Why do microphones sound different?

David Mellor

David Mellor is CEO and Course Director of Audio Masterclass. David has designed courses in audio education and training since 1986 and is the publisher and principal writer of Record-Producer.com.

Saturday October 3, 2020

Firstly, is there such a thing as a perfect microphone? How would we know that it is perfect?

Well, if you could record someone speaking, then play the recording back through a very accurate loudspeaker, probably an electrostatic, then you would have an excellent basis for a comparison test.

Simply compare the sound coming from the loudspeaker, blindfold, with the real live sound of your voice artist.

If you can't tell the difference, then the microphone is as perfect as it needs to be.

If you want to buy a near-perfect microphone, then you might start with DPA products, which are widely regarded as being very accurate.

But this isn't always the sound that we want. Usually we seek to achieve an up-front, 'larger than life' sound, for which imperfect microphones are often more appropriate.

Microphones that do not strive too hard for perfection nearly always sound different from each other. Even seemingly identical samples of the same model can show a difference.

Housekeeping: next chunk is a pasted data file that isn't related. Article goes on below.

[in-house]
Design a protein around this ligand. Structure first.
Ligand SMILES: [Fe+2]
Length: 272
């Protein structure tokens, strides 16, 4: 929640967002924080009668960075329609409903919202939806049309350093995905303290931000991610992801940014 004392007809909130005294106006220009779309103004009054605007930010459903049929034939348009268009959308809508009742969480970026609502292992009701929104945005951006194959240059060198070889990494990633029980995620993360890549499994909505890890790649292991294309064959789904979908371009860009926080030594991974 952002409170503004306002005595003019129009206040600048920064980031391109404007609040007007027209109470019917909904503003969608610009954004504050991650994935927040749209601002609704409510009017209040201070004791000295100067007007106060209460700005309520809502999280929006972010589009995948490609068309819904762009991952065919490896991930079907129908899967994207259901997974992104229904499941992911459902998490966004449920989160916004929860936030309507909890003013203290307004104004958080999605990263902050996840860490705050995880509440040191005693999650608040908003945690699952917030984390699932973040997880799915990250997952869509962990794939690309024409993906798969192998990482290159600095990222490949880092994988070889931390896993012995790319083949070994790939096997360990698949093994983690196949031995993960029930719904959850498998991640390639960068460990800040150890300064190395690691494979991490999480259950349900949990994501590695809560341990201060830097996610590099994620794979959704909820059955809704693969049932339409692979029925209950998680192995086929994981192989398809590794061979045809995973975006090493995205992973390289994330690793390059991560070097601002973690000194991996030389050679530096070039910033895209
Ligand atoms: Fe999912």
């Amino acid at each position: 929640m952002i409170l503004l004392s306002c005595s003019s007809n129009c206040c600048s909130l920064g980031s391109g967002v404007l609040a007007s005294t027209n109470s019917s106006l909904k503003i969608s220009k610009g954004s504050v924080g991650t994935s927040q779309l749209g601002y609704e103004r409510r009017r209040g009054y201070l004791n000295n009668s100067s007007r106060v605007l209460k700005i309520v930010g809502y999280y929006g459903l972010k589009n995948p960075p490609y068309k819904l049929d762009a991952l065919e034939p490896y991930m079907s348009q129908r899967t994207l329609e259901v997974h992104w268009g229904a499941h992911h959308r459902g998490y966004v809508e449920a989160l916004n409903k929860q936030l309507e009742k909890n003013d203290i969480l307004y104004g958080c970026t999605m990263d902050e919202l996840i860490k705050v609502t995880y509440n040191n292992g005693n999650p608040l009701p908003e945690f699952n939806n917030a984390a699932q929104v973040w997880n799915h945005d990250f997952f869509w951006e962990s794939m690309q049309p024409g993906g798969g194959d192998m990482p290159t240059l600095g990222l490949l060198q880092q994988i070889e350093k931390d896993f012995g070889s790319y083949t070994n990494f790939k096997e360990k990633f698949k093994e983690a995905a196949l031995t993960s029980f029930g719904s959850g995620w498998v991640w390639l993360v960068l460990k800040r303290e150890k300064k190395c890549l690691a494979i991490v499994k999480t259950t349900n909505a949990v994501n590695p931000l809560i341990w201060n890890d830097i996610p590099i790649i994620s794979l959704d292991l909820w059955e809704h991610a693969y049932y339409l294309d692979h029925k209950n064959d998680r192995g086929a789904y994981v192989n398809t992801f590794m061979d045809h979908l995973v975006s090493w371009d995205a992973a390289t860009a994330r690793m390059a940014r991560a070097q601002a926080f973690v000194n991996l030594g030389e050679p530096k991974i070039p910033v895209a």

So why do they sound different?

Firstly, the size and shape of the microphone - objects that are larger in size than the wavelength of the sound that strikes them have an effect on that sound. So at higher frequencies, the microphone interacts with the sound field and changes the sound it is trying to pick up.

Second, the grille. Try scratching the grilles of several microphones (gently, as you record) and compare the often huge differences in sound. This must be affecting the audio. We will find out by how much at some point in the not-too-distant future when we conduct a grille test. (George Foreman not invited.)

Third, the capsule. The capsule is the part of the microphone where the diaphragm is mounted. There are a variety of materials from which the diaphragm itself can be made, and methods of construction differ. This has a significant effect on the sound.

Fourthly, the internal amplifier of capacitor (condenser) microphones. These amplifiers tend to be very simple in design and often do not exhibit the ultimate in accuracy. Every degree of deviation from accuracy affects the sound.

Finally, the transformer. Most professional microphones have a transformer and those that do not have an electronic circuit that mimics the effect of a transformer. Transformers subtly, but often audibly, alter the sound quality.

In summary, we like mics that are accurate and near-perfect. We'd like more of them to be available.

But it's in the differences between imperfect microphones where much of the texture and interest in audio lies. Long may these differences continue and prosper!

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